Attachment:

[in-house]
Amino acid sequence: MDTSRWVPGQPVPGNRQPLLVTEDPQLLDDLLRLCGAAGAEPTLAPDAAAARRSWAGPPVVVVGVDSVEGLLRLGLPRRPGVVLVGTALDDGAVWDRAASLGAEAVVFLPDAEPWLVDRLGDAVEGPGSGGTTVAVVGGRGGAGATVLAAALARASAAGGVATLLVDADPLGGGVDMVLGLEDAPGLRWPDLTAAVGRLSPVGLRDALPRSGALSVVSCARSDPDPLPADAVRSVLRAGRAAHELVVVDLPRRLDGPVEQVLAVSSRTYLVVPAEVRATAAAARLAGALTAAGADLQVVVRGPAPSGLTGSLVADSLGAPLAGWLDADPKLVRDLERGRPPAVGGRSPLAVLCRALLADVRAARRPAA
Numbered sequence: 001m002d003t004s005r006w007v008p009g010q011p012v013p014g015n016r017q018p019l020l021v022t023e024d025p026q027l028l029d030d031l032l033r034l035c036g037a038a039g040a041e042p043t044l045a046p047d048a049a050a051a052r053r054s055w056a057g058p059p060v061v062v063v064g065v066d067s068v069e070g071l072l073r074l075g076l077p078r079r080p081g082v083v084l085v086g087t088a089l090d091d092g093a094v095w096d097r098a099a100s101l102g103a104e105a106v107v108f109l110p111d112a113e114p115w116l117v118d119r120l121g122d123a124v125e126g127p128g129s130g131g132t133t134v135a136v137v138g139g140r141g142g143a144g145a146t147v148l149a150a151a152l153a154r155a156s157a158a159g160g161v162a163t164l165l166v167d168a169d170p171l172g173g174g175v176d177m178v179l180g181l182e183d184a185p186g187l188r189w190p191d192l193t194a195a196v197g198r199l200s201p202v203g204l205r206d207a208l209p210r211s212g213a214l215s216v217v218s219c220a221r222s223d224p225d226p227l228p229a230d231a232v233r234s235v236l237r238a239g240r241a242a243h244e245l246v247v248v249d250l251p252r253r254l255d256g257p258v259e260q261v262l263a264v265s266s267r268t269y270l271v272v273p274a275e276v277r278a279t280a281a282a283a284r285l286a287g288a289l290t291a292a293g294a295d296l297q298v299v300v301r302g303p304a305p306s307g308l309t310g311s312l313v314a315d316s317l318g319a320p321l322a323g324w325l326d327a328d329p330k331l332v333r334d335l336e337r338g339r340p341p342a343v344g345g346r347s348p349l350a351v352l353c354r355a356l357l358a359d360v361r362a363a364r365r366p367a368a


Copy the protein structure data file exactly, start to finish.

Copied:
[in-house]
Amino acid sequence: MDTSRWVPGQPVPGNRQPLLVTEDPQLLDDLLRLCGAAGAEPTLAPDAAAARRSWAGPPVVVVGVDSVEGLLRLGLPRRPGVVLVGTALDDGAVWDRAASLGAEAVVFLPDAEPWLVDRLGDAVEGPGSGGTTVAVVGGRGGAGATVLAAALARASAAGGVATLLVDADPLGGGVDMVLGLEDAPGLRWPDLTAAVGRLSPVGLRDALPRSGALSVVSCARSDPDPLPADAVRSVLRAGRAAHELVVVDLPRRLDGPVEQVLAVSSRTYLVVPAEVRATAAAARLAGALTAAGADLQVVVRGPAPSGLTGSLVADSLGAPLAGWLDADPKLVRDLERGRPPAVGGRSPLAVLCRALLADVRAARRPAA
Numbered sequence: 001m002d003t004s005r006w007v008p009g010q011p012v013p014g015n016r017q018p019l020l021v022t023e024d025p026q027l028l029d030d031l032l033r034l035c036g037a038a039g040a041e042p043t044l045a046p047d048a049a050a051a052r053r054s055w056a057g058p059p060v061v062v063v064g065v066d067s068v069e070g071l072l073r074l075g076l077p078r079r080p081g082v083v084l085v086g087t088a089l090d091d092g093a094v095w096d097r098a099a100s101l102g103a104e105a106v107v108f109l110p111d112a113e114p115w116l117v118d119r120l121g122d123a124v125e126g127p128g129s130g131g132t133t134v135a136v137v138g139g140r141g142g143a144g145a146t147v148l149a150a151a152l153a154r155a156s157a158a159g160g161v162a163t164l165l166v167d168a169d170p171l172g173g174g175v176d177m178v179l180g181l182e183d184a185p186g187l188r189w190p191d192l193t194a195a196v197g198r199l200s201p202v203g204l205r206d207a208l209p210r211s212g213a214l215s216v217v218s219c220a221r222s223d224p225d226p227l228p229a230d231a232v233r234s235v236l237r238a239g240r241a242a243h244e245l246v247v248v249d250l251p252r253r254l255d256g257p258v259e260q261v262l263a264v265s266s267r268t269y270l271v272v273p274a275e276v277r278a279t280a281a282a283a284r285l286a287g288a289l290t291a292a293g294a295d296l297q298v299v300v301r302g303p304a305p306s307g308l309t310g311s312l313v314a315d316s317l318g319a320p321l322a323g324w325l326d327a328d329p330k331l332v333r334d335l336e337r338g339r340p341p342a343v344g345g346r347s348p349l350a351v352l353c354r355a356l357l358a359d360v361r362a363a364r365r366p367a368a